LONDON (Reuters) - Wild horses would not keep Mark Cavendish off his bike for the start of the Tour of Britain on Sunday, but the battle-scarred former world champion admits he is hardly in the best shape.
Cavendish needed surgery on his shoulder after a heavy crash ended his Tour de France hopes on the first stage in Harrogate in July and his slow recovery has eaten into the season.
The winner of 25 Tour de France stages was deemed not fit enough to ride in the Vuelta by his Omega Pharma Quickstep team but he will be in the saddle in Liverpool for the start of his home race.
Arch sprint rival Marcel Kittel is also entered, but Cavendish said taking on the German powerhouse with precious little preparation might be asking too much.
"You never say never and I will be flat out but realistically you have to say that I am not in my best condition after the last few months I've had," Cavendish, known as the Manx Missile, told the Tour of Britain website.
"I'm racing this week because this is my national Tour, Britain's big race, and I always want to support it when I can."
"I'm just going to enjoy myself and see what the week brings. I'm fresh enough but I just haven't got the really high quality racing miles in my legs this season," he added.
"That's the plain truth. After opting to miss the Giro, crashing out of the Tour on day one and not recovering sufficiently for the Vuelta I have ridden just one day on the Grand Tours this season, you just can't ever replicate that racing and the fitness it give you."
Cavendish has enjoyed a charmed life since becoming a professional, staying clear of serious injuries despite so often going elbow to elbow in the hurly burly of sprint finishes on the sport's big Tours.
His luck ran out in Harrogate, however, when he slammed into the tarmac as he battled for an emotional stage victory in the home town of his mother.
"I've had plenty (of accidents) myself and have almost always bounced straight back up but not in Harrogate I didn't," he said.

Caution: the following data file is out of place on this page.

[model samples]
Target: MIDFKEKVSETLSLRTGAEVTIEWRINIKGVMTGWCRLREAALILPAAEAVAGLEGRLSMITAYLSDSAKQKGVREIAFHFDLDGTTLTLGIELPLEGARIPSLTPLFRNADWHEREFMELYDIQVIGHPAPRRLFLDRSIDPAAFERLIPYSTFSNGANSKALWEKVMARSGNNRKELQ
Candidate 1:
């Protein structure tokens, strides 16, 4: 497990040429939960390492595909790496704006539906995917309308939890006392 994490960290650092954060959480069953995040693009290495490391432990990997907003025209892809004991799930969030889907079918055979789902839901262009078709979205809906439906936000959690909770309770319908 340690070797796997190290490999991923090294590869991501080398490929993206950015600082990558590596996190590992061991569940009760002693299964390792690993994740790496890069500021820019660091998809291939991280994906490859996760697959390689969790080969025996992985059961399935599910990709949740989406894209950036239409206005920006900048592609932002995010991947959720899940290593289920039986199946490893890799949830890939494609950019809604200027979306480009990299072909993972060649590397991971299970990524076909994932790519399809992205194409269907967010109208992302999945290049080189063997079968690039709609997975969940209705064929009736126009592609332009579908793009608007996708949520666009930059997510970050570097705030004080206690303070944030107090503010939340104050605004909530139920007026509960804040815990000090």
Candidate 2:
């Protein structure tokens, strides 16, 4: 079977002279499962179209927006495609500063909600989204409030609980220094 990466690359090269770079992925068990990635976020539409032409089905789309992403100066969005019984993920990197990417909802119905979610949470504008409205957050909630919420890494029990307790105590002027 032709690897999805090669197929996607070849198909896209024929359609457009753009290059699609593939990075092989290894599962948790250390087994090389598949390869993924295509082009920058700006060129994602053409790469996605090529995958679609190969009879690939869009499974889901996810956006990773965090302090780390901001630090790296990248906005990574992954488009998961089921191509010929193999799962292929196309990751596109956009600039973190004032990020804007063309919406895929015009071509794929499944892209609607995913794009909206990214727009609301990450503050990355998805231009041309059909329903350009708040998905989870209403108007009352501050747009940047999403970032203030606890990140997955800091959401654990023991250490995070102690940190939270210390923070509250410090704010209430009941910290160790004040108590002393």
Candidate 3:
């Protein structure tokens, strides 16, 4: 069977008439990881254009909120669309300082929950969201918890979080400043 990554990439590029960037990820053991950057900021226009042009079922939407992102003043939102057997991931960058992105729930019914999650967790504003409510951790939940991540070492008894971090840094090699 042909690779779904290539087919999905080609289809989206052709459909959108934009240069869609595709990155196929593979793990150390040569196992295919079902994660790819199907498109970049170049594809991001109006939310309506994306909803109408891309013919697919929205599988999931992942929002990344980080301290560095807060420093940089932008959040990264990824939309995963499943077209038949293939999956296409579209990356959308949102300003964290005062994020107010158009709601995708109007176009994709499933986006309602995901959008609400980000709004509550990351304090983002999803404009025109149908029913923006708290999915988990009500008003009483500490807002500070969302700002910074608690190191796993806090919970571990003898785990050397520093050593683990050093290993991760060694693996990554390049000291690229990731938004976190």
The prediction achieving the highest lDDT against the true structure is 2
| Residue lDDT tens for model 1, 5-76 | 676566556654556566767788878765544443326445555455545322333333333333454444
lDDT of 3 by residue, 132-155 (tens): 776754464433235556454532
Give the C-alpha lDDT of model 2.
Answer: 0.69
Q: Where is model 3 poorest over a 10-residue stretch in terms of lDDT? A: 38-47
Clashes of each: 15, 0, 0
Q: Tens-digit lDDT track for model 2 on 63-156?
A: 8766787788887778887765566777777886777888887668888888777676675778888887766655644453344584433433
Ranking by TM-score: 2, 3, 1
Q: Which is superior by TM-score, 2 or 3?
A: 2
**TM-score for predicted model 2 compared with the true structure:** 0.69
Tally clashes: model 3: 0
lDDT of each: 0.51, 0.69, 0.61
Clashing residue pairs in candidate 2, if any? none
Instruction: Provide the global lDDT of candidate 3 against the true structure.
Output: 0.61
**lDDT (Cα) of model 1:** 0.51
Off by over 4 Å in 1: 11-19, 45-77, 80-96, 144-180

"I've been pretty lucky but this time it was my turn to suffer.
"Some people say I was still lucky, I could have broken something. If only! I would love it to only have been a broken collar bone or something.
"Broken bones are pretty straight forward they heal quickly and you can pin them with metal and stuff. This was a shoulder separation and I ripped three of the connecting ligaments.
"The only thing that will really heal that is time and rehab. I'm beginning to appreciate it's actually been a bit miraculous getting back to any form of racing so quickly."
The success of the likes of Cavendish and consecutive Tour de France winners Bradley Wiggins and Chris Froome have helped accelerate a huge resurgence in cycling in Britain and the Tour of Britain is now recognised as a prestigious title.
"It's a really strong field at the Tour of Britain this year, the best ever, but you would expect that now the race has earned HC status and it can invite up to 50 percent of World Tour teams," Cavendish, who won three stages last year, said.
"I've raced a good number of the Tours over the years and never cease to be amazed how it has grown," he said.
Reporting by Martyn Herman, editing by Ed Osmond